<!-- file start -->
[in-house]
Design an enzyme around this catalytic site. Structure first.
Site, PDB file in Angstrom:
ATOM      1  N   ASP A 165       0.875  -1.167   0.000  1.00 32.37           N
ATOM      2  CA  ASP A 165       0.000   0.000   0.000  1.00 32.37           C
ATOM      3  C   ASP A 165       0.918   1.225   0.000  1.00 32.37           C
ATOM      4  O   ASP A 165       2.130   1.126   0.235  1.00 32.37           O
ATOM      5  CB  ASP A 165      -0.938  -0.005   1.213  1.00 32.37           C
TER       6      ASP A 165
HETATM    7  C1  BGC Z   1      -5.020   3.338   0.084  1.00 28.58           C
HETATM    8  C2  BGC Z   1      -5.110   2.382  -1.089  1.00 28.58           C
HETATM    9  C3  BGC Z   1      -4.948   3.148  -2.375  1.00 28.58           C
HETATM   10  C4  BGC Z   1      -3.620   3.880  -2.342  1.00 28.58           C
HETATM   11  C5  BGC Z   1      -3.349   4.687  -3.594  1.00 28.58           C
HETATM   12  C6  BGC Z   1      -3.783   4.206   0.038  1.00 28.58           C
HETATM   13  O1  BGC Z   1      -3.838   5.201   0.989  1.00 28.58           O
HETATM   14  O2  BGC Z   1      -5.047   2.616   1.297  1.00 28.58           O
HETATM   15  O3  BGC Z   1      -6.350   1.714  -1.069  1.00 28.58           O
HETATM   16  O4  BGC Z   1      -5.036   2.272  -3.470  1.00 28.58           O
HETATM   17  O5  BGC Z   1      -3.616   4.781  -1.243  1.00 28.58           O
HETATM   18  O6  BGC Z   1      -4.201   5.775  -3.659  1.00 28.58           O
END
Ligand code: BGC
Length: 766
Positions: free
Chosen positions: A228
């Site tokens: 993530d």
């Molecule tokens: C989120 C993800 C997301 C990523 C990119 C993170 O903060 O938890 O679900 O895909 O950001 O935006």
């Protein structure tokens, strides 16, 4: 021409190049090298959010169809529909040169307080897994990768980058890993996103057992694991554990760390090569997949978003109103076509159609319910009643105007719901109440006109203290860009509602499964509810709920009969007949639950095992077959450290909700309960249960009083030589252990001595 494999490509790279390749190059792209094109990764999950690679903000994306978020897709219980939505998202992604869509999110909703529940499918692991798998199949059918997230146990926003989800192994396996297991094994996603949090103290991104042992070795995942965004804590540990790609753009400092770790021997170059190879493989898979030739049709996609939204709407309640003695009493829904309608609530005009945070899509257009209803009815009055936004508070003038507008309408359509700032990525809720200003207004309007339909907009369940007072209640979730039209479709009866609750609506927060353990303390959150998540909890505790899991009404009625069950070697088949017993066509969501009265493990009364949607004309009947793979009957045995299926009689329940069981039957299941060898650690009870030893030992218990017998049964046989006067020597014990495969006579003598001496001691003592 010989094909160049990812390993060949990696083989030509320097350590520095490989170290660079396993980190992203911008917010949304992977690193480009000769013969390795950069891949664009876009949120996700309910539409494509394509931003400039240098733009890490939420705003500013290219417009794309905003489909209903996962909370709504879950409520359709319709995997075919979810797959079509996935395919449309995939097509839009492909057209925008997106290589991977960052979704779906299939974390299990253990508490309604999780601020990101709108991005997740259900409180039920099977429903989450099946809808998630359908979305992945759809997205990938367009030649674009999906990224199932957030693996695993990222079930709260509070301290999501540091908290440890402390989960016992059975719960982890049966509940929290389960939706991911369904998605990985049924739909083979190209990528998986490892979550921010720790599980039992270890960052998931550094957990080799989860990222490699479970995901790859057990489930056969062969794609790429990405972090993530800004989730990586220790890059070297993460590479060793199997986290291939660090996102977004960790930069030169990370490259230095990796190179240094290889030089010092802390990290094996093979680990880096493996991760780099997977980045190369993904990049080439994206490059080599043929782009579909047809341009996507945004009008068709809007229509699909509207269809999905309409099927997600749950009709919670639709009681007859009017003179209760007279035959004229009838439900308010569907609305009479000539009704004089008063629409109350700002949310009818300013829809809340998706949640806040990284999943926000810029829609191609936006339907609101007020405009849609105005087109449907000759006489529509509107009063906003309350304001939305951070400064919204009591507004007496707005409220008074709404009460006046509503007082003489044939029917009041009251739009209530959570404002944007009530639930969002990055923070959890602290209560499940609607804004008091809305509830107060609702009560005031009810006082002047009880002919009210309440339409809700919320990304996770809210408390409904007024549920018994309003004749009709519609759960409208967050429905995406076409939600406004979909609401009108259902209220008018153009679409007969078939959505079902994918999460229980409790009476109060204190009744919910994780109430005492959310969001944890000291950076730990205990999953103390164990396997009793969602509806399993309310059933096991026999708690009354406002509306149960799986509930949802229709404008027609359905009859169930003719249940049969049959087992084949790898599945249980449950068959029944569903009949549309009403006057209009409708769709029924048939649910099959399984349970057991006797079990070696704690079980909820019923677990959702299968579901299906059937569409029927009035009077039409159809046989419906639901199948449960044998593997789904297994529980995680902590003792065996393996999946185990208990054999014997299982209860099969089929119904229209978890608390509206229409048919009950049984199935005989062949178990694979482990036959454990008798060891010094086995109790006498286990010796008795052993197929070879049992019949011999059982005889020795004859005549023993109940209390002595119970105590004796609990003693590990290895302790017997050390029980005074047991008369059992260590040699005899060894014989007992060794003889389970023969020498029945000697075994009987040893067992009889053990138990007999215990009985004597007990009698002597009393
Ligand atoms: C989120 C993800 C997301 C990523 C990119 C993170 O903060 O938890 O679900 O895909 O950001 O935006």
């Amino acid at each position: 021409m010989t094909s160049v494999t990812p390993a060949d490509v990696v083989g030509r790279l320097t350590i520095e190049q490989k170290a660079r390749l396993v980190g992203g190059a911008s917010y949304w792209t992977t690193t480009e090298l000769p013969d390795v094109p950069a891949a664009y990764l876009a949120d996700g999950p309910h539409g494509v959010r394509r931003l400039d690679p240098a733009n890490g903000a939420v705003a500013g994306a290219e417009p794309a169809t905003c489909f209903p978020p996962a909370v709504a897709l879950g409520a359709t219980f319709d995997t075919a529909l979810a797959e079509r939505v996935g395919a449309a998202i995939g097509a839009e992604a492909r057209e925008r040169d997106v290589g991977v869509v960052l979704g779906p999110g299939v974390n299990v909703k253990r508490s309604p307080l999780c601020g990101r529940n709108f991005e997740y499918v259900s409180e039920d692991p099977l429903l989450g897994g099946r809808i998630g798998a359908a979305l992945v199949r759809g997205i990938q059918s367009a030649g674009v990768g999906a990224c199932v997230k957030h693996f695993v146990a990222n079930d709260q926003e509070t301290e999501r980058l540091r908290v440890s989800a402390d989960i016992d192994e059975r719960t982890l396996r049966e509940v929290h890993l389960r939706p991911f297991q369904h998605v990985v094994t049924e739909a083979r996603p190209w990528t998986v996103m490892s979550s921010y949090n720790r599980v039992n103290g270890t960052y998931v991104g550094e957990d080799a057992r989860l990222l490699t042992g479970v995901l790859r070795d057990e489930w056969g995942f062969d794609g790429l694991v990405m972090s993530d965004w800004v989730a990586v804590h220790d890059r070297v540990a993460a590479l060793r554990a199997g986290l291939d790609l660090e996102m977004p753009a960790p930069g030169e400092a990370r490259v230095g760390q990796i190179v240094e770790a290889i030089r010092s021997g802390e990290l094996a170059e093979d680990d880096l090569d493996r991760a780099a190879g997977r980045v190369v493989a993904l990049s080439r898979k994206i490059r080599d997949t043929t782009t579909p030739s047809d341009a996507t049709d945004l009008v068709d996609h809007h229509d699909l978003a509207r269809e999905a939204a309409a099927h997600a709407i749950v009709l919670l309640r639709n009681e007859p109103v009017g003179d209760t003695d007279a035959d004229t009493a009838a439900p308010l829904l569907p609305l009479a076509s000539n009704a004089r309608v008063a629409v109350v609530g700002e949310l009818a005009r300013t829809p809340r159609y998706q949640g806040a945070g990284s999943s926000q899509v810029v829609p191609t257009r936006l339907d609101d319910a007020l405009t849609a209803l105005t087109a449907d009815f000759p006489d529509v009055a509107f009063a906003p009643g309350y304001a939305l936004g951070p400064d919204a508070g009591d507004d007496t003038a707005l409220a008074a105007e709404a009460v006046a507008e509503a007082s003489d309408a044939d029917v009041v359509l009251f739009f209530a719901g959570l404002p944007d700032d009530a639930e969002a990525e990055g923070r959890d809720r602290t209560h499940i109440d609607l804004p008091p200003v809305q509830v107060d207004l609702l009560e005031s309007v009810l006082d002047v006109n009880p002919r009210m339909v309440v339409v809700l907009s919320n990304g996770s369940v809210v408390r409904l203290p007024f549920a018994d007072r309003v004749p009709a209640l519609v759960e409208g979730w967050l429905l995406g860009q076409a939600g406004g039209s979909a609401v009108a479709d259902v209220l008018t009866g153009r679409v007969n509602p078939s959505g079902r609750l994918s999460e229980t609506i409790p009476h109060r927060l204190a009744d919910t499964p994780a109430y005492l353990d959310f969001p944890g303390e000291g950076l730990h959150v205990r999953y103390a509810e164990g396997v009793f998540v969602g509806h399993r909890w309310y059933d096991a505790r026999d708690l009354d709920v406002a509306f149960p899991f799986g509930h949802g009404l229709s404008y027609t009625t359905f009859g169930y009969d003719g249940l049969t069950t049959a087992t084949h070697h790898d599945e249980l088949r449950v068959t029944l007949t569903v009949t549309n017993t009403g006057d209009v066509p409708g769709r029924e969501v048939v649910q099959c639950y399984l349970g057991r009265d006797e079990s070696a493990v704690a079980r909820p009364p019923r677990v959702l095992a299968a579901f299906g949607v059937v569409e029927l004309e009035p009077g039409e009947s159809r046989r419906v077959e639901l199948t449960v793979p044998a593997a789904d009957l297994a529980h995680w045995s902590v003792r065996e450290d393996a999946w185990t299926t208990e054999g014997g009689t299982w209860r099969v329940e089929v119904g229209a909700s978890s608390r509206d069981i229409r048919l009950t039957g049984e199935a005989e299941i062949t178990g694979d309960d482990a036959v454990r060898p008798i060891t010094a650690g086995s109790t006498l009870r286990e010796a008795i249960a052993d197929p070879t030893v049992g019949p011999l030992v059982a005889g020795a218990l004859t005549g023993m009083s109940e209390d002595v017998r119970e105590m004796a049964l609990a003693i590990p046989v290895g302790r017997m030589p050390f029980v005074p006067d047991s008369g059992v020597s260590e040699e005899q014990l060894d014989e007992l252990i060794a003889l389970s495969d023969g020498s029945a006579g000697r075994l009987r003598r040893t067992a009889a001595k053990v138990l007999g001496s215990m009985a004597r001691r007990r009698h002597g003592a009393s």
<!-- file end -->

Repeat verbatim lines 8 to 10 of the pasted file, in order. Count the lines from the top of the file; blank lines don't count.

ATOM      5  CB  ASP A 165      -0.938  -0.005   1.213  1.00 32.37           C
TER       6      ASP A 165
HETATM    7  C1  BGC Z   1      -5.020   3.338   0.084  1.00 28.58           C